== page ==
Taking a leaf out of the playbook of Vancouver’s former chief planner and leading urbanist Brent Toderian, it tackles education as well as housing and public space. It also covers a greater area: nine city fringe neighbourhoods in total (with three receiving more attention than the other six). And it is looking at programming and events as well as physical changes.
The planning norms developed under CFC 1.0 were refined and applied across the target neighbourhoods in CFC 2.0. Planners analysed each neighbourhood to map parks, play areas and other public spaces, streets (showing both high-speed streets and streets with wide pavements suitable for play) and major barriers. Just as in Ghent and Antwerp, this neighbourhood-level GIS data helped to plan improvements.
CFC 2.0 has a more participatory emphasis than its predecessor. Promising Neighbourhoods lead officer Marielle Heijmink told me “it is a project that you have to do with the inhabitants.” There are more co-creation initiatives, such as Droomstraat (dream streets), which harness individual and community creativity, rather than relying on a fixed model like the play streets I saw in Ghent and Antwerp.
Children have been directly involved in some Droomstraat projects – a move supported by project officer Jan van der Wolde, who told me that they bring a positive mindset and are more open to ideas.
There is also a shift away from conventional playgrounds. Liesbeth van Ommen-Koen, a landscape architect who is leading on the ‘Kom Op Naar Buiten’ or “Lets go Outside! initiative, told me that the goals are to make more varied offers in public space, to create more free open space, and to get people of all ages to stay longer.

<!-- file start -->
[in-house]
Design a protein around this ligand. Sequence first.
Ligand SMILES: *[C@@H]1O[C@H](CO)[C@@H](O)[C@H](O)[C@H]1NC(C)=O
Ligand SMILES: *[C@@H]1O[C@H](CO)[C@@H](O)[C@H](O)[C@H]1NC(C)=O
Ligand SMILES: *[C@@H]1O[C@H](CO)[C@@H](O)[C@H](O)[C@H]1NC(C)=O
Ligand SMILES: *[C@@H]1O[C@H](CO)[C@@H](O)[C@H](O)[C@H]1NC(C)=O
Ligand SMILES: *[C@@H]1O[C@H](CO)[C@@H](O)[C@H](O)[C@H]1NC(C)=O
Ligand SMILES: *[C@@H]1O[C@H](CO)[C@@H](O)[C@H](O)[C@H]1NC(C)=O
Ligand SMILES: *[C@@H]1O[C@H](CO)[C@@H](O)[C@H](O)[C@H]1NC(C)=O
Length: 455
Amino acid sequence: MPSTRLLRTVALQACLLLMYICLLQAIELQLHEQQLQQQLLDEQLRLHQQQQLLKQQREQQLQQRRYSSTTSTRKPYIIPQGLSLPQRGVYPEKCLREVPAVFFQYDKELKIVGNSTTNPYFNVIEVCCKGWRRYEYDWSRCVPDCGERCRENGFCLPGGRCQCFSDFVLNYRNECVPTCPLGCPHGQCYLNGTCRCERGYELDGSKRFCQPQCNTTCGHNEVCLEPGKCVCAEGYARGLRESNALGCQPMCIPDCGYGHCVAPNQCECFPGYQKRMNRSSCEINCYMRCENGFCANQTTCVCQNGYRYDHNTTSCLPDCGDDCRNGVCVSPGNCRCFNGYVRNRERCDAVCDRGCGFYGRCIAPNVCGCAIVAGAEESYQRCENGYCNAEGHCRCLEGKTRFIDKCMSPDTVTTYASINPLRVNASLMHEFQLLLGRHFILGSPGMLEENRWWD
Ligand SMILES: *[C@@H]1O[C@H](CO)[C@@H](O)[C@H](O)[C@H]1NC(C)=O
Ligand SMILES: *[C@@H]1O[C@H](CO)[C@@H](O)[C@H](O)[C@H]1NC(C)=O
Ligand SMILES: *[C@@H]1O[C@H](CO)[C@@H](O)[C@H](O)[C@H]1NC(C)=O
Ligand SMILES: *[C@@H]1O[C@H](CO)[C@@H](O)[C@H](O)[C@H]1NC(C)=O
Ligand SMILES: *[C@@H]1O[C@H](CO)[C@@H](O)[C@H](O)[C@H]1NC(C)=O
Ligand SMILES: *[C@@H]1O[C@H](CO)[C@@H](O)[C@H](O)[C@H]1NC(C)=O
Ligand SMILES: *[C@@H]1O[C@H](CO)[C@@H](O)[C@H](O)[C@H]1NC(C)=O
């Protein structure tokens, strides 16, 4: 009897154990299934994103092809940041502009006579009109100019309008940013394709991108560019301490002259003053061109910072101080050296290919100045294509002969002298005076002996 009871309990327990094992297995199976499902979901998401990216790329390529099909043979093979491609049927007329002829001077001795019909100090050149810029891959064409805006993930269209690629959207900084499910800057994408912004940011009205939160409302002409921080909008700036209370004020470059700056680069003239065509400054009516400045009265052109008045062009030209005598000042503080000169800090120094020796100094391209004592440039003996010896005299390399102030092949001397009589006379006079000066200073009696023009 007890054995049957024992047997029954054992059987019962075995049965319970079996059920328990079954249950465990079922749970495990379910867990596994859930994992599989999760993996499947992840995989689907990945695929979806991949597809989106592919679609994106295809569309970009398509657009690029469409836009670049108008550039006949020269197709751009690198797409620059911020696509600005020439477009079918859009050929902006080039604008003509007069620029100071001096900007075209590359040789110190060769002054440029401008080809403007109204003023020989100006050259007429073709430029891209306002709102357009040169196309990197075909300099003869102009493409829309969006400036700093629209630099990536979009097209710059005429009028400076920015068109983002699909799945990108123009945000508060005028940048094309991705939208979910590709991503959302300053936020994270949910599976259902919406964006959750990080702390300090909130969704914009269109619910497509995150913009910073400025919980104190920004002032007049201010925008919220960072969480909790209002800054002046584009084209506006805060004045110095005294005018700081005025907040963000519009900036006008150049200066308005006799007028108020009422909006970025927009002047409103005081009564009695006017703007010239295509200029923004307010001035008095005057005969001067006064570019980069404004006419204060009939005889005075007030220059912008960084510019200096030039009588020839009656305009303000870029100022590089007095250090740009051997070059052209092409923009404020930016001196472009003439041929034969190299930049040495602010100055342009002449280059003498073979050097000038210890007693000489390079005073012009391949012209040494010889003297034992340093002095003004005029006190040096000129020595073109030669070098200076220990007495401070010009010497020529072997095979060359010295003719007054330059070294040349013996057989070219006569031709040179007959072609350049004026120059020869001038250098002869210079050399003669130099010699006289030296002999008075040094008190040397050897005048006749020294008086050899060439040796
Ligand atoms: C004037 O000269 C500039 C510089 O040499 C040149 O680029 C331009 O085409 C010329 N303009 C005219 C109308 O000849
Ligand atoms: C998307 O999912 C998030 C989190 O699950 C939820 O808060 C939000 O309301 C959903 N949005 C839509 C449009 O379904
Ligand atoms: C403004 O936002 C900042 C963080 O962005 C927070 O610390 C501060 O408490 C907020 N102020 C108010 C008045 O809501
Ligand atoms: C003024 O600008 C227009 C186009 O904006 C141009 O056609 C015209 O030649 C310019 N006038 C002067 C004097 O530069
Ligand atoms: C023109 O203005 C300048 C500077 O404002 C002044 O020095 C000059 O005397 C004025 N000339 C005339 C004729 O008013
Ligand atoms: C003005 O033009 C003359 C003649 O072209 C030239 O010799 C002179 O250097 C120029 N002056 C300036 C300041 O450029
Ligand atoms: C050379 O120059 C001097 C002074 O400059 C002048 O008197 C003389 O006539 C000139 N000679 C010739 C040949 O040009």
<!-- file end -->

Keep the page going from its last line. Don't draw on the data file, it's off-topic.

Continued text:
One factor here is that Rotterdam has around 1,400 play spaces (several times as many as a British city of equivalent size and proportionately more even than other Dutch cities). This gives a lot of scope for change. Liesbeth van Ommen-Koen’s team is working on around 50 projects a year.
Rotterdam has other policies and programmes that, while not under the Promising Neighbourhoods umbrella, go with the grain of child-friendly urban planning. One example is transport and mobility, which is correcting decades of car-centric planning and focusing squarely on walking, cycling and public transport. Strategic mobility officer Martin Guit told me that the budgets for cycling infrastructure are higher than car infrastructure.
One intriguing fact about Rotterdam’s work on child-friendliness is the role played by a unique local non-profit organisation, Speeldernis. Speeldernis is a play-oriented environmental centre set up in 2002 and funded through the city and other sources. Each year thousands of children, families and school groups come to play in and explore its subtly naturalistic site and take part in programmes.
Speeldernis has some similarities with UK-style adventure playgrounds, including an emphasis on free play, and the presence of trained staff who facilitate and keep an eye on the children. But unlike most adventure playgrounds, the influence of Speeldernis reaches far beyond its fences and the children and adults who visit.